Q: Dave, could you comment on what helps you put emotional impact, lyrically, into a song?
Be real at all costs...write what means something to you...this is just my opinion, but I truly believe that heart can overcome a lot in a song.

Q: Where were you when you first heard your first single and did you jump up and down?
Actually, it woke me up! No lie...I had the radio on because I heard they were going to play it...I thought I was dreaming.

Q: Several companies told me that they're more likely to sign an artist/writer than to sign someone who is strictly a writer. I'm an above average singer, but not a knockout. What advice do you have for those of us who CAN sing our own songs?
It doesn’t hurt your chances if you are an artist/writer. If you are a great songwriter with a pretty good voice, your songs can overcome your voice...example Springsteen. No offense to any Springsteen fans, because I think he’s fantastic. But I don’t think anyone would try to argue that he’s got an amazing singing voice.

Q: Do you see any big changes in how Nashville does business in the next 5-10 years?
My brain was never intended for business so I am probably not the best candidate for the business questions.

Q: Is there anything in particular that you do to try and come up with a “fresh” idea for a song?
I try to mix it up...interpret that any way you want....and do your best not to grow up!

Q: Do you ever consider listening and possibly co writing with someone you aren't presently acquainted with?
I have a core group that I write with so my schedule stays pretty booked up. There's just not enough time in the day for me to do that, unfortunately.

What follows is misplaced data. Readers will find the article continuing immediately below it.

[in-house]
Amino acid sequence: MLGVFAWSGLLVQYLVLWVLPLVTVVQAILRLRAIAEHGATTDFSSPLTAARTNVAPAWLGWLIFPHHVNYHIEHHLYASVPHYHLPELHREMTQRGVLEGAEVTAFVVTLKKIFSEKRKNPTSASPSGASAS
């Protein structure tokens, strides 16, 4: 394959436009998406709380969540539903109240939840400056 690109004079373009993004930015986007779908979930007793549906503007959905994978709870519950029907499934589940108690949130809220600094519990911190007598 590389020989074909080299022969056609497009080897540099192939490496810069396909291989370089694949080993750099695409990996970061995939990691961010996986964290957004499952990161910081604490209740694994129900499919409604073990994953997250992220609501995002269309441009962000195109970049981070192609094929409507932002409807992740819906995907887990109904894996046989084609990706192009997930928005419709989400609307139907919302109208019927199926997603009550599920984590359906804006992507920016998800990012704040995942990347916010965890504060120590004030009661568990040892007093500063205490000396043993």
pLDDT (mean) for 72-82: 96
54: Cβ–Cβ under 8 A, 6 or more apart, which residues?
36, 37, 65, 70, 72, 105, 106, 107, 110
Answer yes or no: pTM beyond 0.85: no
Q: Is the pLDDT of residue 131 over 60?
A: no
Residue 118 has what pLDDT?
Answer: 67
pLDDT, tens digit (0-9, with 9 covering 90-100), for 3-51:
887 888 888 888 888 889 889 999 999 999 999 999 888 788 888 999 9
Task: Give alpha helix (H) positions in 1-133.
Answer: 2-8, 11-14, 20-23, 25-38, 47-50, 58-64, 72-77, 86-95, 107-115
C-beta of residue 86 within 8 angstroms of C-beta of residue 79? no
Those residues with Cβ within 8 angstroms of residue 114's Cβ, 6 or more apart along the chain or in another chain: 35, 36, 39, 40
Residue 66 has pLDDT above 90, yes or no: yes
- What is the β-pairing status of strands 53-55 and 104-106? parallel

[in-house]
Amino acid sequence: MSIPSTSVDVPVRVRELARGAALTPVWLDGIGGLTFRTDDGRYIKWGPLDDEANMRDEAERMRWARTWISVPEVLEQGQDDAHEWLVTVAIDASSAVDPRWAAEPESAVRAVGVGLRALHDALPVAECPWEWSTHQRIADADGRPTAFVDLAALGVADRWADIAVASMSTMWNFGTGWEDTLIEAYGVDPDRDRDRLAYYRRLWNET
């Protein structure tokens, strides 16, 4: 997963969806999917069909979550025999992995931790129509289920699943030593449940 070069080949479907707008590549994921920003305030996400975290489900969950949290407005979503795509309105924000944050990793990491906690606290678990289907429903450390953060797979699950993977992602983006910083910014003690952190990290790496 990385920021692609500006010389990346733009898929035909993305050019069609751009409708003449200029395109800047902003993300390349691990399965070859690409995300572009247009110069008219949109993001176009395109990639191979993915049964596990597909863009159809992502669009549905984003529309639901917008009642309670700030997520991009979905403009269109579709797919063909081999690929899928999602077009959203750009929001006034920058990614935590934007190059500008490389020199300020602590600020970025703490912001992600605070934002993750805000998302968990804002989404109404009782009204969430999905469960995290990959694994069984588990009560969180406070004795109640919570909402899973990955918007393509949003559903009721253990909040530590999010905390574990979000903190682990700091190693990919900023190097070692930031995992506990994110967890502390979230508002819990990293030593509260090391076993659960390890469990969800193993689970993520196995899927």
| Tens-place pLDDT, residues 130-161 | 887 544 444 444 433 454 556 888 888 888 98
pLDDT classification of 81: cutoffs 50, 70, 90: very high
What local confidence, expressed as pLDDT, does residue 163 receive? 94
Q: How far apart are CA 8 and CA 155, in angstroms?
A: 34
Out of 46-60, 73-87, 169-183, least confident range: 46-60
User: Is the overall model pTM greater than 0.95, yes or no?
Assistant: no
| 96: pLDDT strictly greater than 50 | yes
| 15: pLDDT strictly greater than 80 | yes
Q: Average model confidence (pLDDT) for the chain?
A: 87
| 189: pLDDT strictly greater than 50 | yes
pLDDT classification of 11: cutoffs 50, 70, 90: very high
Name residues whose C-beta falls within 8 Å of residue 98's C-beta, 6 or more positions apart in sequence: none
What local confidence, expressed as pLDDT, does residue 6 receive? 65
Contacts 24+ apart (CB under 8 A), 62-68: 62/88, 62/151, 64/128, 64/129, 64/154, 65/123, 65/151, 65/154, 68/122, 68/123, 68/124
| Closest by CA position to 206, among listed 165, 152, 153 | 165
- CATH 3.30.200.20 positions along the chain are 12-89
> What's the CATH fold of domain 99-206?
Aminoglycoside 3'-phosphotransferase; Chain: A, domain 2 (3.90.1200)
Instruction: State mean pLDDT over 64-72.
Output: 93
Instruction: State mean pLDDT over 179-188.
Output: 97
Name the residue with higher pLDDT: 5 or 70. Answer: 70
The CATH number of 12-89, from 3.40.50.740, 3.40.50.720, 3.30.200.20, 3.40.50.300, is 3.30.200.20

Q: Would you say traditional, up-tempo is best now, no soldier or angel stuff?
Keep in mind that whatever you are hearing on the radio now is probably passé. Just write what you know. People hate hearing that sometimes, but it is so completely true. Writers get in trouble when they start chasing fads.

Q: Do lyrics come first for you or the melody?
Honestly, it depends on the works both ways for me.

Q: A song plugger recently said the trend is returning back to traditional. Your thoughts?
I've heard that and I think it's true to some extent. But on the other hand I think the genre is more wide open now then ever...example Big and Rich…and yes, they are BIG and RICH :-)

Q: When attending song camps at NSAI, should the songs we bring be only country?
No. Again, write what you know but be smart about it. If you want to pitch them on the row then they ought to have some “twang”.

Q: Have you always written? And, are any of the songs you might have written early still an interest for the market?
I've written since I was 12 and up till 5 years ago I sucked! HONEST!

Q: Are you a believer in re-writing? Or do you edit as you go?
Big believer in re-writing...I love to look at a song with fresh brain cells the next day.

Q: Do you find most writers today play it too safe and don't step out of the box when writing for radio?
It's tough. We have to make a living, of course, but we also want to be true to our craft and ourselves. We are all looking for little songs that walk the line.

Q: Song contest, did you enter a bunch?
I entered a few contests because I had limited outlets for my rock material here in Nashville.

Q: Dave, is it a bad idea to get a rock or blues song evaluated with Nashville's NSAI?
I would say it's NSAI's job to critique songs for commercial potential, regardless of genre. You can always request evaluators with specific experience (rock, pop, gospel, etc).

Q: Dave, how would you rate the various ways to try and get a song cut: direct contact with a publisher, independent songplugger, contact with a friend of a friend of the artist?
They all have validity. There is no one way to get things done in this town ...that is why we all run around like chickens with our heads cut off.

Q: So, what made your writing better?
Nashville. Living here and learning from what I would consider to be the best writers in the world is what I attribute much of my improvement to.

Q: You got your first cut off the bus, how did you do it?
Sexual not really...I had a friend who had a deal here already. He would take my ideas and co-write them with music row writers.

Q: What changed your writing 5 years ago? Did you take a quantum leap? How did you improve?